"How [is it] possible that other countries wherein white people are a minority -- sometimes only a fringe minority without any political power to speak of, like in the case of say Japan, for example -- one also often finds exceedingly restrictive immigration policies and bigoted, hostile attitudes toward migrant workers?"

Well, because they have their own systems of oppression at work. The issue is largely a majoritarian one, not a "white" one. White people aren't evil or bigoted because of their skin tone. These trends largely emerge from power. As they say, absolute power corrupts absolutely. It is simply the case that in America, white people have historically held the lions share of power, and as such, society has become tailored to them. These types of discussions seek to explain the way things work in America. Similar human forces are at play in other countries, but through the differences in the countries, the outcome varies. 

"However, Donald Trump's opinions are not exactly reflective of those of most white people in positions of power even in this country, are they?"

While Trump's opinions may not be reflective of a majority, Donald Trump is far from the only one who has been saying these things, and Donald Trump held a lot of systemic power. But does that singular power make this systemic? I would argue that through the outsized influence that Trump has, yes, it is almost inherently systemic. He still arguably leads an entire wing of our government, and his influence holds a lot of power in the news media as well. I find it difficult to not see such a thing as systemic given the fact that seemingly the majority of the Republican party either played along or stayed silent. 

"I really doubt that the black person who attacks an Asian-American over Covid-19 does so because they view themself as inferior to white people."

I'm not really sure what you are trying to say here. I never insisted that this was the case, and it doesn't have to be the case for anything that I'm speaking about to be true. As previously stated, white supremacy is not really about people outwardly stating that one group is better than another, it is often broken into much smaller pieces, such as the belief that a nuclear family is a superior family structure to, say, living with your parents or extended family units which may be more common in other cultures. People often don't see that there is a supremacist component to these beliefs or feelings. Similarly, memetic ideas such as "Mexicans are stealing our jobs" largely spread through the power of white supremacy. White supremacy goes a lot deeper than simply people believing one group is superior to another group and saying "well, this person didn't say that whites are better, so it must not be relevant here" is a complete and fundamental misunderstanding of what is being discussed.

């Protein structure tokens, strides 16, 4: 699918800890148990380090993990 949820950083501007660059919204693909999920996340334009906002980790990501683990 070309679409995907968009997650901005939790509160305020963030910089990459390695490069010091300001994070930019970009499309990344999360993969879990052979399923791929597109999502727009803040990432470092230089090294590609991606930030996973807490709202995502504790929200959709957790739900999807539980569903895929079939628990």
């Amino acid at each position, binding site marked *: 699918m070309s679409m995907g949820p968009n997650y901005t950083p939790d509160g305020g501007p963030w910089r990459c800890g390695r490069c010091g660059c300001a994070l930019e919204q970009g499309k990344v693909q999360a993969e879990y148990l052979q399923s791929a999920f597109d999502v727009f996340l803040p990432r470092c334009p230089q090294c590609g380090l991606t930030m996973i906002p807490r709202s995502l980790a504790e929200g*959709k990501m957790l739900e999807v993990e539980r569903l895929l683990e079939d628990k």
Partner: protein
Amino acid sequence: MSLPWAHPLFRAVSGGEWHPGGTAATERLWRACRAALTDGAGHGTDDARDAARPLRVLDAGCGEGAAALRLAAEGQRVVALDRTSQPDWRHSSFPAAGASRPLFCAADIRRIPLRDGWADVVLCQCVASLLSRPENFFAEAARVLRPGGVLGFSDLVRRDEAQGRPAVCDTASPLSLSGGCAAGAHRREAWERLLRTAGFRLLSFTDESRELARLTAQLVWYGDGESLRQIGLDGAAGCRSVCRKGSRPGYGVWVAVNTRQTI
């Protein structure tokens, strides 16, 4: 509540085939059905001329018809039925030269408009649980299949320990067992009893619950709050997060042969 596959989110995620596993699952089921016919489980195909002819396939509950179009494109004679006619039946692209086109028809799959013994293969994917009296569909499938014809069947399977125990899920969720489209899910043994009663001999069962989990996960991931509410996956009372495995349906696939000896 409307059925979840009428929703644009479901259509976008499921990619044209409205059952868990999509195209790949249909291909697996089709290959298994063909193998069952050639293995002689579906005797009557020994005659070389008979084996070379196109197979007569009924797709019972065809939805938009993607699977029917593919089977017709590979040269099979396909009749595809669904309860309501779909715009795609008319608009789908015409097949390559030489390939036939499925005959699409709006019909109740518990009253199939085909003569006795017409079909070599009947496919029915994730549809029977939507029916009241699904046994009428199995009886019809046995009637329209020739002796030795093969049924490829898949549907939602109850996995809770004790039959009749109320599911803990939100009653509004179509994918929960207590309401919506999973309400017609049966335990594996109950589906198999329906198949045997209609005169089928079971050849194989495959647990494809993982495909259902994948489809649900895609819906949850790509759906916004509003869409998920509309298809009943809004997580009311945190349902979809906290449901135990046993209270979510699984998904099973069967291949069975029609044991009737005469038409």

"Crime rates"

I think the decreased trust in police may be a better theory about what is the cause here than changes in funding, but I'd like to say that I put the blame for this on the cops who killed George Floyd (and others), not the people who criticized them for it. 

zero129 said:

Wow.. Just WOW. Dude you are so full of shit and i dont care if i get banned for this but really... Its my fault as a white guy if some black on Asian violence breaks out.. Man your a snow flack...

That's not what I said, but you do you man. 

KLAMarine said:

Systems exist but their impact also ultimately comes down to the actions of individuals.

...Okay, so if we acknowledge that systems exist, why is it bad to want to dismantle the harmful impacts of them?

Flilix said: